Strategy Pattern

The Strategy pattern shows how to supply a variant of an algorithm by wrapping it in a class.

Definition

Problem

You want to be able to change how an algorithm works after the class that uses the algorithm has been finalized.

Context

1. A class (the context class) can benefit from using different variants of the same algorithm.
2. Users of the context class may want to supply a custom version of the algorithm.

Solution

1. Define a strategy interface that is an abstraction of the algorithm.
2. Create concrete classes that implement the strategy interface and define the algorithm.
3. The context class supplies a way of passing a strategy object to it.
4. When the strategy class need to use the algorithm, it invokes the method that holds the algorithm from the passed strategy object.

Formal class diagram for the strategy pattern

Example Usage

Imagine that you are developing a roleplaying game where you want to move your characters around on the map. You are interested in supplying different algorithms for movement for different types of characters. For instance, a human character needs to avoid collision with trees etc. while a ghost character can move right through buildings and a wizard character can teleport himself.

Class diagram for a unit moving system using the strategy pattern

Pseudo code: ``` class Unit { ```

``` private MoveAlgorithm moveAlg; public Unit() { moveAlg = new AStar(); } public Unit( MoveAlgoritm ma ) { moveAlg = ma; } public setMoveAlgorithm( MoveAlgorithm ma ) { moveAlg = ma; } public moveTo( int toX, int toY ) { String moves = moveAlg.getMoves( currentPosX, currentPosY, toX, toY ); print( "Moving unit: " + moves ); } } interface MoveAlgorithm { String getMoves( int fromX, int fromY, int toX, int toY ); } class BirdFlight implements MoveAlgorithm { public String getMoves( int fromX, int fromY, int toX, int toY ) { return "Moving in birdflight to position (" + toX + "," + toY + ")"; } } class AStar implements MoveAlgorithm { public String getMoves( int fromX, int fromY, int toX, int toY ) { return "Moving according to the A* algorithm to position (" + toX + "," + toY + ")"; } ```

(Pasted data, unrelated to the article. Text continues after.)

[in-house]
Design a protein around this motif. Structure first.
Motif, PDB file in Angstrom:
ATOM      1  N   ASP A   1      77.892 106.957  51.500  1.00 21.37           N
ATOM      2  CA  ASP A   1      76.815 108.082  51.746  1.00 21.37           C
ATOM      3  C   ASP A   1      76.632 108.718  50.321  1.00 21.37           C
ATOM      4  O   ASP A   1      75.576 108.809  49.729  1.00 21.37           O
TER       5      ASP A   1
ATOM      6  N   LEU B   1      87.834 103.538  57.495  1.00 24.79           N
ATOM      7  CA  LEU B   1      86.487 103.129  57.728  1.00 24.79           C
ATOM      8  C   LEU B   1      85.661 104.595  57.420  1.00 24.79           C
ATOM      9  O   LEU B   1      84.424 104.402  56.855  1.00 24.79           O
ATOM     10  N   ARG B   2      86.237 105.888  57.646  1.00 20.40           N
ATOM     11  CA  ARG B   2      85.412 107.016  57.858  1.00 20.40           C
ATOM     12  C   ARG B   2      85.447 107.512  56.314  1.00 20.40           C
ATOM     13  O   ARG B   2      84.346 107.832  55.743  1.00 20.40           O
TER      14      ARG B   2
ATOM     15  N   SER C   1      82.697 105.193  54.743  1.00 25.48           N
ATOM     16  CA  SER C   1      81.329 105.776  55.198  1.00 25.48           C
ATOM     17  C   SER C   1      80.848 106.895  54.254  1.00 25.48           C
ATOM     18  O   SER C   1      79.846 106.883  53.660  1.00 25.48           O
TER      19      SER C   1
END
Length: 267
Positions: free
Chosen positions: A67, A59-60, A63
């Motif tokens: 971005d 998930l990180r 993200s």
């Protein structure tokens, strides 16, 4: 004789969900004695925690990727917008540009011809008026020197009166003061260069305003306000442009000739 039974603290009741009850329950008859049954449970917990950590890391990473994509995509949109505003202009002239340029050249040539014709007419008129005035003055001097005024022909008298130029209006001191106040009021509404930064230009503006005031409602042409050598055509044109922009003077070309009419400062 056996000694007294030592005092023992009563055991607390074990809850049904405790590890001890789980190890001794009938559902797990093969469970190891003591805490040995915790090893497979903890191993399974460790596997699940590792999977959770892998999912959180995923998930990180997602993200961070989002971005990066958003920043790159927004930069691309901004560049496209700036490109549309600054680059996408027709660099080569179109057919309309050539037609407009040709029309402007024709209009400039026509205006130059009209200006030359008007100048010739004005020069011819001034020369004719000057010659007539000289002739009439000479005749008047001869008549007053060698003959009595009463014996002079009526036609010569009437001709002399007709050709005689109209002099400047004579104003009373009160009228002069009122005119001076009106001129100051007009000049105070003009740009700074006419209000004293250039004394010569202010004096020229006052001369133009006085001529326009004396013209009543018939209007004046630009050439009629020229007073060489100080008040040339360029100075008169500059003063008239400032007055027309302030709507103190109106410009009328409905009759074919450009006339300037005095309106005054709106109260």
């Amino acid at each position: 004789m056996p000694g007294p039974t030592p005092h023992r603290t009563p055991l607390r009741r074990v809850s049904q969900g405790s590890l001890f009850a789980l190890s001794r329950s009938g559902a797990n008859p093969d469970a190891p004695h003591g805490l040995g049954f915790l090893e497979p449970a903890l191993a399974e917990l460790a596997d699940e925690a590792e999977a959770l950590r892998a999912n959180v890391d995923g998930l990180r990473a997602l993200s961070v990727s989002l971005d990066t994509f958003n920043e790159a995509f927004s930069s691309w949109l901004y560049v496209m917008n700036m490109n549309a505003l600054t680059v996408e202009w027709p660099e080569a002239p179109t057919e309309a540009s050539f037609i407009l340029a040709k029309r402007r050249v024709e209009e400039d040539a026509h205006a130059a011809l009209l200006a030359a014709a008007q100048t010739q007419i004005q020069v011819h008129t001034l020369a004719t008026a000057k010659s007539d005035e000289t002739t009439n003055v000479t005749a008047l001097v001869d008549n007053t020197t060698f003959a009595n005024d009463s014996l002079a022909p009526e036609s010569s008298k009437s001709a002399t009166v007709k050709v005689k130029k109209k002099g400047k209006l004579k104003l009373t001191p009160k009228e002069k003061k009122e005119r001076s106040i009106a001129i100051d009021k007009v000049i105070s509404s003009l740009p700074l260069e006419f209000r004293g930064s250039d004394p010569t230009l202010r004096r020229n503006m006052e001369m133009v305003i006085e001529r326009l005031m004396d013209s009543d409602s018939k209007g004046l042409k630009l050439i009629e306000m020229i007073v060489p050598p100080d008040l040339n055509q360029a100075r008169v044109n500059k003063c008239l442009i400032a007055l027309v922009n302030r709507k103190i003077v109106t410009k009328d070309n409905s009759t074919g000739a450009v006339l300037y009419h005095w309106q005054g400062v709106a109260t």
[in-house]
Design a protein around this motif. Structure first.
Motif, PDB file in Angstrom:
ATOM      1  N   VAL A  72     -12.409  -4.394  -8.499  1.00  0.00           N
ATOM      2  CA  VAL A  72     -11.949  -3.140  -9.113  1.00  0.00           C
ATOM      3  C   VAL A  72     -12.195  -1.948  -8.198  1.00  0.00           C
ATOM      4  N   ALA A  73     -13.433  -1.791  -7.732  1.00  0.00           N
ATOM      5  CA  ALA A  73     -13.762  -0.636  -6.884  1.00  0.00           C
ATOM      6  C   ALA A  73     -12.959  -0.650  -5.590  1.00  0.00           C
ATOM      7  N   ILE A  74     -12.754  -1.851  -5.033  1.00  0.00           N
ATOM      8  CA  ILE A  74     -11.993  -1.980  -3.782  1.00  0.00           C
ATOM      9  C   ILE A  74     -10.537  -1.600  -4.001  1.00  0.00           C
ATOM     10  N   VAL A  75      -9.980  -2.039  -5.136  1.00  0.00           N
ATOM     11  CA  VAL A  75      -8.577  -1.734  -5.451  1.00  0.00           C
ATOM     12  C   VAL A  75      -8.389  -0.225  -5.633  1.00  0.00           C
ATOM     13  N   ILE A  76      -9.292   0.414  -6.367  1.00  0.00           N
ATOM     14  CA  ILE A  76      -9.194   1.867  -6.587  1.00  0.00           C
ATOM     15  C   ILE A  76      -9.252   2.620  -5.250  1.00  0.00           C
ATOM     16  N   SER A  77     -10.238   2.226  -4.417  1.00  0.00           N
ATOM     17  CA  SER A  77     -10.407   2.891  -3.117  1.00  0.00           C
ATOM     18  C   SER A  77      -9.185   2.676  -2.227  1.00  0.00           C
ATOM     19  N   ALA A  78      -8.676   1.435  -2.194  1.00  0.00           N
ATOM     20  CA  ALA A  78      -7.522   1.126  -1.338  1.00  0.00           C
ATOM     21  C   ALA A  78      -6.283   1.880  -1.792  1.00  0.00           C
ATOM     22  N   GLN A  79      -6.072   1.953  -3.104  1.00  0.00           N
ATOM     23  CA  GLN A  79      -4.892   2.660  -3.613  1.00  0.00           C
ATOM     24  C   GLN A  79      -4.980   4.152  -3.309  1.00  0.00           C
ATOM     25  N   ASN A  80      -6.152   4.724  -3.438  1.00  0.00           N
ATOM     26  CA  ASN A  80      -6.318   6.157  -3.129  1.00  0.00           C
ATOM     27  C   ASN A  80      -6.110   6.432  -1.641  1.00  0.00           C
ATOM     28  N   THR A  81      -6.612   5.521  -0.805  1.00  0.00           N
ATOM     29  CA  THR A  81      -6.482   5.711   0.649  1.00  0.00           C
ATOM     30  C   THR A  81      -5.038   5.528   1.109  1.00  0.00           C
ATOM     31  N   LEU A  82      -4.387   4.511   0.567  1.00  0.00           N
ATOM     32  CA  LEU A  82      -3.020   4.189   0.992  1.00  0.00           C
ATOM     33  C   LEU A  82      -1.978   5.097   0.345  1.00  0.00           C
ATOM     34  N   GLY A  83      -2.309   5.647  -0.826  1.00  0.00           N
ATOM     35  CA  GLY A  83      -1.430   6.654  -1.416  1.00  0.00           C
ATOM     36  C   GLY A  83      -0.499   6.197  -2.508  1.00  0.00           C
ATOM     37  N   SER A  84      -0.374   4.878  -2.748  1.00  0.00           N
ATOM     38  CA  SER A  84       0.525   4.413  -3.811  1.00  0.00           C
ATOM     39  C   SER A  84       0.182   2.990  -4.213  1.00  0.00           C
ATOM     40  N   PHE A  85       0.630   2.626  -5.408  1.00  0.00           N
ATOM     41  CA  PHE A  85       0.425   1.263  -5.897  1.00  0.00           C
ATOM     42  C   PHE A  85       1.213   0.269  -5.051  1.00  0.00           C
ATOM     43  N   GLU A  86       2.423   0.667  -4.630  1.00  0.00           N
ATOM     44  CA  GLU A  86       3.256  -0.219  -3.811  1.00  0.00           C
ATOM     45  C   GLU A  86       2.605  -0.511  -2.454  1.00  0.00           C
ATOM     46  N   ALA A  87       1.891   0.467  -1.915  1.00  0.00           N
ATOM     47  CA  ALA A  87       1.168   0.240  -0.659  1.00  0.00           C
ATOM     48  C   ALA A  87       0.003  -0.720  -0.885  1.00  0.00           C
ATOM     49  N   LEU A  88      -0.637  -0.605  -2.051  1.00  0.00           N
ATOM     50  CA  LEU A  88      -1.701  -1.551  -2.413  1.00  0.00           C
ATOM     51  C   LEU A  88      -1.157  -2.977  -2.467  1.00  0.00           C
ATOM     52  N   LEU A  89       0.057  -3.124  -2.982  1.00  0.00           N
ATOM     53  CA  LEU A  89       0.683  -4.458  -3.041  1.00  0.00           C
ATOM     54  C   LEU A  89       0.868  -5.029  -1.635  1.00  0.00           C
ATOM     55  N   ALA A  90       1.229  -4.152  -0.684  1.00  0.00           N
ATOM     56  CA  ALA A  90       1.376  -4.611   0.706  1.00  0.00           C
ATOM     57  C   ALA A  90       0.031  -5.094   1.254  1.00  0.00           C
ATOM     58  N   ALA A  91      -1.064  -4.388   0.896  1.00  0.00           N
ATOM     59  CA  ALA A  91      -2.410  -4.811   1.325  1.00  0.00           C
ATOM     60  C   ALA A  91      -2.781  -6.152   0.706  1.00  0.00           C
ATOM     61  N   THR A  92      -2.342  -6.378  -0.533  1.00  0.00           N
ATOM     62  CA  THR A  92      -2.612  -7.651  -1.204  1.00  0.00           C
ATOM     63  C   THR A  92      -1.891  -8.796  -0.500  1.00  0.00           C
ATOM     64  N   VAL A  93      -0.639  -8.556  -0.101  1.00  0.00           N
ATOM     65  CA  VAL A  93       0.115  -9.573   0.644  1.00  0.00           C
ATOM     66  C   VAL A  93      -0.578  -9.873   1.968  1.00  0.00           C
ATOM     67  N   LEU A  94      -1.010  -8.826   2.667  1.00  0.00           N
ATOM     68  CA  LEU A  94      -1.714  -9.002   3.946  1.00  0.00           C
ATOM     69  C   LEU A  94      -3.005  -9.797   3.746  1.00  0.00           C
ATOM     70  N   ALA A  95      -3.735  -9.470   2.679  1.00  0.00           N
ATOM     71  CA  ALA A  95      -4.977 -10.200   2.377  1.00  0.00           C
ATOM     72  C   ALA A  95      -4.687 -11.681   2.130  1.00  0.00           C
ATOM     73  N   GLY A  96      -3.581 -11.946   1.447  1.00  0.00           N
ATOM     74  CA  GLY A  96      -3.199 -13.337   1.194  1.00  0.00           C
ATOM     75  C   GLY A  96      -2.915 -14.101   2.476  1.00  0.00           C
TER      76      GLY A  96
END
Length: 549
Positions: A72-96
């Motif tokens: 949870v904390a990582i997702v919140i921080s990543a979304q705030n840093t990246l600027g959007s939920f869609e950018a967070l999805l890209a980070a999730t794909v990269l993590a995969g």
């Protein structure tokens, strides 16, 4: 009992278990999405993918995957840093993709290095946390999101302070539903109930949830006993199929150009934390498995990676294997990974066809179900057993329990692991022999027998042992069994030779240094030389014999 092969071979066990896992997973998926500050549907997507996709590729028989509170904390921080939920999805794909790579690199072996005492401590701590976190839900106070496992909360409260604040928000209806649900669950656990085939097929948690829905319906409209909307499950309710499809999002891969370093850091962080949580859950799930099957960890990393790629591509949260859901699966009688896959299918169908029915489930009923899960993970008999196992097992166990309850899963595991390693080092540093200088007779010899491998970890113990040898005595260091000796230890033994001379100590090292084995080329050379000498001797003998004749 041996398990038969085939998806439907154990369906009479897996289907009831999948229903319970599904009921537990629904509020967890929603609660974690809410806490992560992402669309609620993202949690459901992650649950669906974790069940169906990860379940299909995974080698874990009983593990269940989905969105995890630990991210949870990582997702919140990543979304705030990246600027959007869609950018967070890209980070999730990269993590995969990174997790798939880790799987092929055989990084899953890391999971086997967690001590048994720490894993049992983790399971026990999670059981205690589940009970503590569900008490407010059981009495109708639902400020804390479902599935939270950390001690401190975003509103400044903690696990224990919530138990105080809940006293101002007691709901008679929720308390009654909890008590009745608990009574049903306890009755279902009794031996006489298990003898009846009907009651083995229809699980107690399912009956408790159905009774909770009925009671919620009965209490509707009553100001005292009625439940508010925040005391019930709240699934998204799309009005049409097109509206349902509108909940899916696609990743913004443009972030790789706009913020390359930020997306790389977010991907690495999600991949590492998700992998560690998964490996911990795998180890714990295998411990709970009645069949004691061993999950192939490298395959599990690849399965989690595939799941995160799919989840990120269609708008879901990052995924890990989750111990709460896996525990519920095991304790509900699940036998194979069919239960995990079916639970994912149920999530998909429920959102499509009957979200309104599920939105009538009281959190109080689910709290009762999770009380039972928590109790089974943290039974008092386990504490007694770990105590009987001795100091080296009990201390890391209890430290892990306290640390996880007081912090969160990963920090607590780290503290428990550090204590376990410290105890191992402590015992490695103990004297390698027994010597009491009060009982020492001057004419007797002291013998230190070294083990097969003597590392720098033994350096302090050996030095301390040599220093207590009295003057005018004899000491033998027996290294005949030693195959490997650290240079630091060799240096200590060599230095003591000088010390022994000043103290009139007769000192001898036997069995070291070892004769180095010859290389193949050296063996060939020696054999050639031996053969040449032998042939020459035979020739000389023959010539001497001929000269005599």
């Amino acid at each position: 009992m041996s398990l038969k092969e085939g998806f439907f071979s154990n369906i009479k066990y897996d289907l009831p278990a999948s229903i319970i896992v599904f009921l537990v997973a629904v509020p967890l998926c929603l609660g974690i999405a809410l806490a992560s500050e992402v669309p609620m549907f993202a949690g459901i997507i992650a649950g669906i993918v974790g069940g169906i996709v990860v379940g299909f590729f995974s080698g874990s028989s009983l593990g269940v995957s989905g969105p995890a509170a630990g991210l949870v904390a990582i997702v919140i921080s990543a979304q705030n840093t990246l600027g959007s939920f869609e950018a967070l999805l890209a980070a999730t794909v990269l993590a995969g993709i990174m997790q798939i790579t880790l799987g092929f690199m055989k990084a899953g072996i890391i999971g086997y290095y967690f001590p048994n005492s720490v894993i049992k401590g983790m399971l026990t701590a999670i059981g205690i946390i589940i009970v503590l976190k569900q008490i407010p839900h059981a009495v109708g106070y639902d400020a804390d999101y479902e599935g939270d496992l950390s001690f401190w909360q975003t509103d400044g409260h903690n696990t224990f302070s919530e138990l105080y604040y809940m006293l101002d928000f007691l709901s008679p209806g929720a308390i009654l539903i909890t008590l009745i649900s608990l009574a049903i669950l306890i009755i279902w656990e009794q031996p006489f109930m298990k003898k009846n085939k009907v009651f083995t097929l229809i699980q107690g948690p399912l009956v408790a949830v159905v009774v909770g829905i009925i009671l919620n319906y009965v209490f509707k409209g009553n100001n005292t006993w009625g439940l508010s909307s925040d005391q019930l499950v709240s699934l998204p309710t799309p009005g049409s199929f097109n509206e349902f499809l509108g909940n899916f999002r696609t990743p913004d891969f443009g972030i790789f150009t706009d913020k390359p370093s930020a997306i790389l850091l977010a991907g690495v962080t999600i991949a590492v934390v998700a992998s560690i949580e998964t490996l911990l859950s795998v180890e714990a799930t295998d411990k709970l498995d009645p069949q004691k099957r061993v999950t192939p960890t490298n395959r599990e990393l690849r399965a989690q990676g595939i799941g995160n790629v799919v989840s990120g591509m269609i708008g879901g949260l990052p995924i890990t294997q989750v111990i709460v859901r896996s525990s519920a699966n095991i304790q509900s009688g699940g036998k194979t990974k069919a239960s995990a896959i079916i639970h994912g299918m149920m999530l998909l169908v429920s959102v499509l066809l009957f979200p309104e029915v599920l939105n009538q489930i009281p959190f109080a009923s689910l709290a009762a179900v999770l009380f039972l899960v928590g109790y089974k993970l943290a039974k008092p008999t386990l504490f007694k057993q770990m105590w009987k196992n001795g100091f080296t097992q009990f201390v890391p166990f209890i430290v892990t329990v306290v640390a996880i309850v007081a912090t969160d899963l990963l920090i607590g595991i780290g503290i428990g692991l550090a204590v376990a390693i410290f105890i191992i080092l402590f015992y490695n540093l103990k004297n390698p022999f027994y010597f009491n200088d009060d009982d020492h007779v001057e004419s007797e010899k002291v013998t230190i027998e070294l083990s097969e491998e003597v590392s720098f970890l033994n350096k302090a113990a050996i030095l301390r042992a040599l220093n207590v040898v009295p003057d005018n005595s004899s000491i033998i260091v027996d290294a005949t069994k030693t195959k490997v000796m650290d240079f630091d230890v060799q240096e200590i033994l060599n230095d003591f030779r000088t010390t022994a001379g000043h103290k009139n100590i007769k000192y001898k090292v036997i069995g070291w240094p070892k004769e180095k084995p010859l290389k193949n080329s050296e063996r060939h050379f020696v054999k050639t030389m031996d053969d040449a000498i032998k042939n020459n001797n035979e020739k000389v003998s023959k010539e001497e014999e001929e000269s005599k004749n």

```} ```

Test: ``` Unit player = new Unit(); // A* movement algorithm is on by default player.moveTo( 50, 50 ); ```

```// The player is killed and is transformed into a ghost. print( "Player is killed!" ); ```

```// Therefore we apply the movement algorithm for the ghost character. player.setMovementAlgorithm( new BirdFlight() ); player.moveTo( 70, 70 ); ```

Output:

```Moving unit: Moving according to the A* algorithm to position (50,50)
Player is killed!
Moving unit: Moving in birdflight to position (70,70)
```

Using the strategy pattern can have many benefits and can vastly improve the flexibility of your classes.

Another usage of the strategy pattern could be supplying an algorithm for drawing the unit instead. That system could look like the following class diagram shows and would in practice work almost exactly like the previous example.

Class diagram for a unit drawing system using the strategy pattern